Browsing named entities in Benjamin Cutter, William R. Cutter, History of the town of Arlington, Massachusetts, ormerly the second precinct in Cambridge, or District of Menotomy, afterward the town of West Cambridge. 1635-1879 with a genealogical register of the inhabitants of the precinct.. You can also browse the collection for Benjamin Cutter or search for Benjamin Cutter in all documents.

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Preface. it was the aim of the late Dr. Benjamin Cutter to preserve the decaying memorials of his native precinct, and much historical and genealogical matter was accordingly collected by him, and left unpublished at his death. It has been the design of his son to present this to the public in a convenient shape and durable work will prove valuable as a book of reference, notwithstanding that inaccuracies may occasionally be found. It is remarkable that the great-grandfather of Dr. Cutter was the first Precinct Clerk, or recording officer—an office which he held for thirty-two consecutive years. The paternal grandfather of Dr. Cutter (Ammi CutteDr. Cutter (Ammi Cutter), and his maternal grandfather (Samuel Locke), were also Precinct Clerks at different periods, the former holding the office five years, and the latter sixteen years. The authorities which have been consulted in obtaining dates and facts are specified in various portions of the work. The precinct and town records have, of co
hraim Cutter, who built a new dam and mill below the old one, about 1800. On the distribution of Ephraim Cutter's estate at his death in 1841, the mill and privilege fell to the possession of his sons Benjamin and Samuel L. Cutter. In 1850 Benjamin Cutter, of Woburn, bought of his brother Samuel Locke Cutter, the undivided half of the mill and lands, which they had owned in common. The premises are now the property of Dr. Benjamin Cutter's son-in-law Samuel A. Fowle. In 1743, John Cutter,Dr. Benjamin Cutter's son-in-law Samuel A. Fowle. In 1743, John Cutter, above, sold to John Cutter, Jr., land joining on the country road to Lexington, William Russell's land being west, the land extending east on said road sixty rods, and the northeasterly corner of the land being at foot of hill near an old dam. On the distribution of the elder John Cutter's estate, in 1776, the half of an old sawmill was set off to the above John Cutter, Jr., eldest son of the said John, deceased. The second John Cutter, in 1790, sold to Stephen Cutter, miller, lands including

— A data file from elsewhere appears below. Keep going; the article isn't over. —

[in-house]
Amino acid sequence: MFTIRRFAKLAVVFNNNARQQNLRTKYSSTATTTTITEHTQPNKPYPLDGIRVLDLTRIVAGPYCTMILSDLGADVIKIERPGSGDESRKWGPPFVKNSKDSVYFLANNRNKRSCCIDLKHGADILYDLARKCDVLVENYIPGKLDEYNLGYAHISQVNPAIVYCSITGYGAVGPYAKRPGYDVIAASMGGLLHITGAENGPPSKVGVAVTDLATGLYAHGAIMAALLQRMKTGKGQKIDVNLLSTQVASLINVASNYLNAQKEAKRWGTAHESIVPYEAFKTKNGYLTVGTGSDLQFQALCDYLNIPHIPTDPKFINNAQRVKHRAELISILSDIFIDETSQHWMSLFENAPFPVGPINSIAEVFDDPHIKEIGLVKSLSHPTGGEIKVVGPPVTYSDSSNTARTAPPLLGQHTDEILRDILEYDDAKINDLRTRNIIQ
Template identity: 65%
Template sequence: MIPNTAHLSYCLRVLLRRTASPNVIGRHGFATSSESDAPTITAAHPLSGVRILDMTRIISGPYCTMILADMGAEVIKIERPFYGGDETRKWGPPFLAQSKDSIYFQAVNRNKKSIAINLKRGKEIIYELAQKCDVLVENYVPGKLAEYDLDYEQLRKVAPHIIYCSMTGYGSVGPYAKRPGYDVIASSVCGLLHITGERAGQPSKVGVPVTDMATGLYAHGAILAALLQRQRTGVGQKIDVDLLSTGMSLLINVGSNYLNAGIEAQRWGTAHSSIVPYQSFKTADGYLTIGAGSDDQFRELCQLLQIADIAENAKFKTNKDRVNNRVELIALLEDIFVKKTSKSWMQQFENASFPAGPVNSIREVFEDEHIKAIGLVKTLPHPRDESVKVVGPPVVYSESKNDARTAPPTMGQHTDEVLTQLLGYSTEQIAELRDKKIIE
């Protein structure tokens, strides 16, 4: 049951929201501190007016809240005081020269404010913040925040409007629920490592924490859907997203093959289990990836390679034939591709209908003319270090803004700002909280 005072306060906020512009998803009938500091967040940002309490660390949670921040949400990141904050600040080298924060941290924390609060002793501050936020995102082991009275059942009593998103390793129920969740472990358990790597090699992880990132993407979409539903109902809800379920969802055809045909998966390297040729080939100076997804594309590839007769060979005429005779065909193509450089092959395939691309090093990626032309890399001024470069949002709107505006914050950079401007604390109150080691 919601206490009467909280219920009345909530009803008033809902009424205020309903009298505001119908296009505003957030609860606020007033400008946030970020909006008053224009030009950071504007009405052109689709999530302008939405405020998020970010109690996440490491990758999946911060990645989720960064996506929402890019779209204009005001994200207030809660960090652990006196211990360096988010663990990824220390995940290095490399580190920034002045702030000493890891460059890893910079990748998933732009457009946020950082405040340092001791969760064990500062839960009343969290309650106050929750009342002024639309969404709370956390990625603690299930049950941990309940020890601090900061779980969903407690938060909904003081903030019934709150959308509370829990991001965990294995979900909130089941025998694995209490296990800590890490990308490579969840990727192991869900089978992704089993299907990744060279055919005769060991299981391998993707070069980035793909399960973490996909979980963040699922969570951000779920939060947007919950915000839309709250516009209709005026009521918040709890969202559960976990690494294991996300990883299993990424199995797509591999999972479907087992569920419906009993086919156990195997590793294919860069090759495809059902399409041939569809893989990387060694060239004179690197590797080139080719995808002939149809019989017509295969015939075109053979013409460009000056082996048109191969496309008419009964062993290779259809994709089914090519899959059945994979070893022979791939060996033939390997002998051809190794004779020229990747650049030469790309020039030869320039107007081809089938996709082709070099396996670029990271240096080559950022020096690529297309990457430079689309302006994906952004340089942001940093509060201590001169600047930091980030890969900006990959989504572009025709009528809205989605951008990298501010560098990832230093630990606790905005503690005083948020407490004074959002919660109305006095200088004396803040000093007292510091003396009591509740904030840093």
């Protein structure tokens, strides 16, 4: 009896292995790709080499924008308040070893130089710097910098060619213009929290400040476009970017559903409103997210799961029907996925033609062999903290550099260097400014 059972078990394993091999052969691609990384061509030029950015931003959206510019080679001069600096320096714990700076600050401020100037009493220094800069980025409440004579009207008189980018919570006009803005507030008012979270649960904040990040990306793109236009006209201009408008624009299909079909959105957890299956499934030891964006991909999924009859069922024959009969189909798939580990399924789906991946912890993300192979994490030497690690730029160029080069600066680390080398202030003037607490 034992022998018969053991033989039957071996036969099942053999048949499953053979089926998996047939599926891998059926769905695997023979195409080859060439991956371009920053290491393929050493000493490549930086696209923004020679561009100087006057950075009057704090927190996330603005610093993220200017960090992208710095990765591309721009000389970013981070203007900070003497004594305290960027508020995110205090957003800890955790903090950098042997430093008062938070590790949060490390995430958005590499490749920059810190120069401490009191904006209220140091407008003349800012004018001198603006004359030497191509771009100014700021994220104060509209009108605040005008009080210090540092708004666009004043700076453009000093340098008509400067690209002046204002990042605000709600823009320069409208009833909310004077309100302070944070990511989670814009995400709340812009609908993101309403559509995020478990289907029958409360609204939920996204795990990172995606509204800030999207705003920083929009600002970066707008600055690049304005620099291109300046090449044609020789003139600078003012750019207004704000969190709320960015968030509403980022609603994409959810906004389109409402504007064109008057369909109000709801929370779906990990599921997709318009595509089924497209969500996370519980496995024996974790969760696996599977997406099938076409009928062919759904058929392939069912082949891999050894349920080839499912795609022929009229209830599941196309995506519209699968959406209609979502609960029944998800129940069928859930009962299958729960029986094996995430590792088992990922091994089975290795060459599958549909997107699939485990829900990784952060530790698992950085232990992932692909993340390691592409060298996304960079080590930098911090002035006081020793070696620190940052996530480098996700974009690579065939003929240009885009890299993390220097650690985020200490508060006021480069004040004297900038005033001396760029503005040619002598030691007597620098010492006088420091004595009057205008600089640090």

eparing for conflict with the trained soldiers of England, the careful eye of Washington calmly surveying the whole horizon, selected your hills as the breast-work behind which he was to retrieve the day. The hills still stand firm and everlasting as when he looked upon them, but smiling now with fertility and peace. The Welsh Mountains near Cambridge, and the rear of the lines at Roxbury, were designated for that purpose. Marshall's Washington, vol. II. p. 230. —Memorandum made by Dr. Benjamin Cutter many years since (died 1864). 1871-72. The Arlington Water Works were constructed. Water Commissioners were elected in 1873. Cost of construction to the town, over $300,000. The source of supply is an artificial reservoir located near by in Lexington, which receives the waters of 173 acres, embracing the area known as the Great Meadows in that town. 1872 The town established its public library—transferring the Juvenile Library (established 1835) to it, to be known as the
ned). Jeduthun Wellington, 1786-90, 1797-1801. Seth Wyman, 1786-90. George Prentice, 1787-90, 1797-1805. Samuel Locke, 1791-93. Philip Whittemore, 1791. James Russell, 1792, 1793, 1806. Capt. Solomon Peirce, 1794, 1795. Benjamin Cutter, 1794-1801. Seth Frost, 1794-96. Amos Frost, 1796. Daniel Adams, 1802-07. Jonathan Whittemore, 1806, 1807. Noah Russell, 1807. Precinct Clerks. John Cutter, 1733-65—thanks extended him in 1767 for many years' service. 786. Jeduthun Wellington, 1786-90, 1794, 1796. Seth Wyman, 1786-90, 1794. George Prentice, 1787-90, 1799, 1800, 1803-05. Samuel Locke, 1791-93, 1795. Philip Whittemore, 1791. James Russell, 1792. Jonathan Perry, 1793. Benjamin Cutter, 1795, 1796, 1801, 1802. Capt. Stephen Frost, 1796, 1797. Daniel Reed, 1797-99. Seth Frost, 1797, 1798. Ebenezer Hall, 1798-1800. James Cutter, 1799—declined. Ebenezer Cutter, 1800. David Hill, 1801, 1802. John Estabroo
rs of his son, James Adams, to the late Dr. Benjamin Cutter, of Woburn, Mass. In one dated at Harfop. 26 July, 1795, m. (she of Charlestown) Benjamin Cutter, 2d, W. Camb. 11 June, 1815—see Cutter (pCutter (par. 54)—(d. 15 Oct. 1819, a. 24, Fiske); Mary, bap. 28 Aug. 1803 [m. W. W. Pratt of Shrewsbury, and4. His wife was Ruth Wright of Woburn (Dr. Benjamin Cutter). Jonathan (Jr.) was adm. Camb. ch. 29 recorded, was voluntarily surrendered to Benjamin Cutter, administrator of Ephraim Cutter's estate James Frost, of Dorchester, 2 Jan. 1814; Benjamin Cutter, bap. 22 Feb. 1796, m. Alice Hall of Chas a. 2 days. Also Henry C., residing here. See Cutter (par. 24), and Cutter Book, 144, 232, 299, 38Dunster, was northwest of the road, where Benjamin Cutter, about 1798, built another house, since demolished. See Cutter (par. 22); Wyman's Chas., 1041. 6. Edward, s. of Edward (1), also of Lexi—See Paige, 612. Anna, the daughter, m Benjamin Cutter, of Charlestown, 6 Mar. 1785, who d. 8 Ma[3 more.